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What Can India Learn From Japan’s Green Policies?

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Early to industrialise in the 19th century, and a technology leader by the 20th, Japan saw many of the benefits of economic progress: capital accumulation, rising wages and high standards of living. However, the country’s development was not sustainable and, especially in the 20th century, was marred and constrained by industrial pollution. This led to ailments such as the Minamata disease, caused by industrial emissions of mercury poisoning coastal food chains. Such environmental calamities awakened Japan to take industrial pollution seriously, and contributed towards a culture of environmental consciousness.

This consciousness was also reflected in environmental policies such as Japan’s “Law Concerning the Promotion of the Measures to Cope with Global Warming”, “The Kyoto Protocol Target Achievement Plan”, “Basic Act on Energy Policy” and the “Energy Saving Act”. Thus, from 1970 till now, the concentration of almost all pollutants has reduced in Japan. What were once the smoke-filled cities are evolving into healthy modern cities with less and less pollution.

The conceptual framework of Japan’s environmental policies is based on a combination of interest rate and fiscal incentives, economic instruments (carbon pricing), some voluntary initiatives and direct regulation. The basic structure of policy is however based more on persuasion and cooperation rather than coercion.

A unique characteristic of Japanese policy making is the early involvement of local governments in collaboration with local people and industries. A good example is Yokohama city where the Electric Power Development Company proposed to build a coal power plant in 1960s. Neither the city nor the prefecture had authority to control air pollution from the power station, but Ichiro Asukada, Socialist Mayor of the city, succeeded in signing a pollution control agreement with the Company. Collaborations between different segments – national and local governments, corporations and civil society is a common practice in Japan. This model can be replicated more often in India.

Another important model for India is Japan’s inter-ministerial collaboration in environmental policy making, acknowledging the fundamental trans-disciplinary of climate change and other environmental issues. The extraordinary success of Japanese technology policy is due to integration of environmental and industrial policy. According to India’s ‘Biennial Update Report’ to the UNFCCC, India’s energy sector is responsible for 71% of total greenhouse gas (GHG) emissions. A collaboration between the environment ministry and the energy sector ministries can result in effective polices to curb GHG emissions.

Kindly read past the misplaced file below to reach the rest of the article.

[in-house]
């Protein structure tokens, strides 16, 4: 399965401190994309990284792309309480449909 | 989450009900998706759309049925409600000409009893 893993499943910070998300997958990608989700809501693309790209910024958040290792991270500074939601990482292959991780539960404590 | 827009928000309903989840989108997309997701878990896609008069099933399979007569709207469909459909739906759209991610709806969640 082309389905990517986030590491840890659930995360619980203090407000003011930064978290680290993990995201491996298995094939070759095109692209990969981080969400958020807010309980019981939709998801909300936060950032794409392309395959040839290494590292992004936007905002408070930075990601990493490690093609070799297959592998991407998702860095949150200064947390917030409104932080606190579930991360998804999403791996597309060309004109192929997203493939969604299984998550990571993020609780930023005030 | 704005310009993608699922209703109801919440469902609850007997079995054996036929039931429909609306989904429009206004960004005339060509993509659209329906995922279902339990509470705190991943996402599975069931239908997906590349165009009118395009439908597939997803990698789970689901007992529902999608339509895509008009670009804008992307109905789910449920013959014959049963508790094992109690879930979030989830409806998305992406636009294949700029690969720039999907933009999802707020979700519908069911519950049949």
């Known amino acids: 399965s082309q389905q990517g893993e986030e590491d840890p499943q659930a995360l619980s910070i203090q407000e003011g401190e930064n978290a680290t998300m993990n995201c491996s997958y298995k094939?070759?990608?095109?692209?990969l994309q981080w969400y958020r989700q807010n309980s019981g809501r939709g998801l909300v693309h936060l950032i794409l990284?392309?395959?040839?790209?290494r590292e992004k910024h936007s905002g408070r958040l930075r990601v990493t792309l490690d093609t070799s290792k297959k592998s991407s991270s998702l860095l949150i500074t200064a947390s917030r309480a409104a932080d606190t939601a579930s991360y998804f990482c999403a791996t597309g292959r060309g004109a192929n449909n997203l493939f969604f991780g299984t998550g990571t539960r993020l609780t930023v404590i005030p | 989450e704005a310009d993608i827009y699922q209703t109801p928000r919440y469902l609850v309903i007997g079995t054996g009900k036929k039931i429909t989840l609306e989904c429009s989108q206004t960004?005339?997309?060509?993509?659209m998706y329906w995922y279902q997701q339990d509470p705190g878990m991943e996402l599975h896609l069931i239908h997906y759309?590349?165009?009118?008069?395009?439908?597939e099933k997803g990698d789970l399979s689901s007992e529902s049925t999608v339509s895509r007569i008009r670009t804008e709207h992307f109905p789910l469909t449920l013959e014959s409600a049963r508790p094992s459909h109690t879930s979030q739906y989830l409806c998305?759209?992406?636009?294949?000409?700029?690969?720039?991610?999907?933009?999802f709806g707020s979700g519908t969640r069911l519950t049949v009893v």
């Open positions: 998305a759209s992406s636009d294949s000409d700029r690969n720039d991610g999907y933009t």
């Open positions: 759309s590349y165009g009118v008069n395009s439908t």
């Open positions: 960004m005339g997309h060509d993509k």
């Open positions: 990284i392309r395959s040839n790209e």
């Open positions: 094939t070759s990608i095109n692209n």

However, more important perhaps than green policies is the human and social capital of Japan, derived respectively from quality education and an ancient culture of consideration for others. The deep and ancient tradition of being respectful towards one’s community also leads to respect for community commons and global commons. Inherent respect for the commons is instrumental in avoiding one of the biggest environmental challenges we all face today, which is ‘the tragedy of the commons’. In other words, India must improve not only access to sanitation, water, electricity to achieve environmental sustainability, but also high quality elementary education in order to lay a solid foundation for a more inclusive, considerate and environmentally conscious society.  Lastly, it should be appreciated that India has fortunately not yet reached the level of problems that Japan has faced in the past; therefore, India’s opportunities for taming environmental problems are huge and potentially very rewarding.

 

Tetsuro Yasuda, Secretary General, Asahi Glass Foundation
Tetsuro Yasuda, MBA, MSc, has been the Secretary General / Director Commendation of the Asahi Glass Foundation since 2009. During this time he has been engaged in the Blue Planet Prize, an international environmental award scheme commending outstanding achievements for sustainability of individuals or organizations, and the Environmental Doomsday Clock, a survey graphically representing worldwide environmental concerns in the form of a clock. The Clock is set according to the results of a survey issued annually to experts in the field and influential officials around the world.

Views of the author are personal and do not necessarily represent the website’s views.

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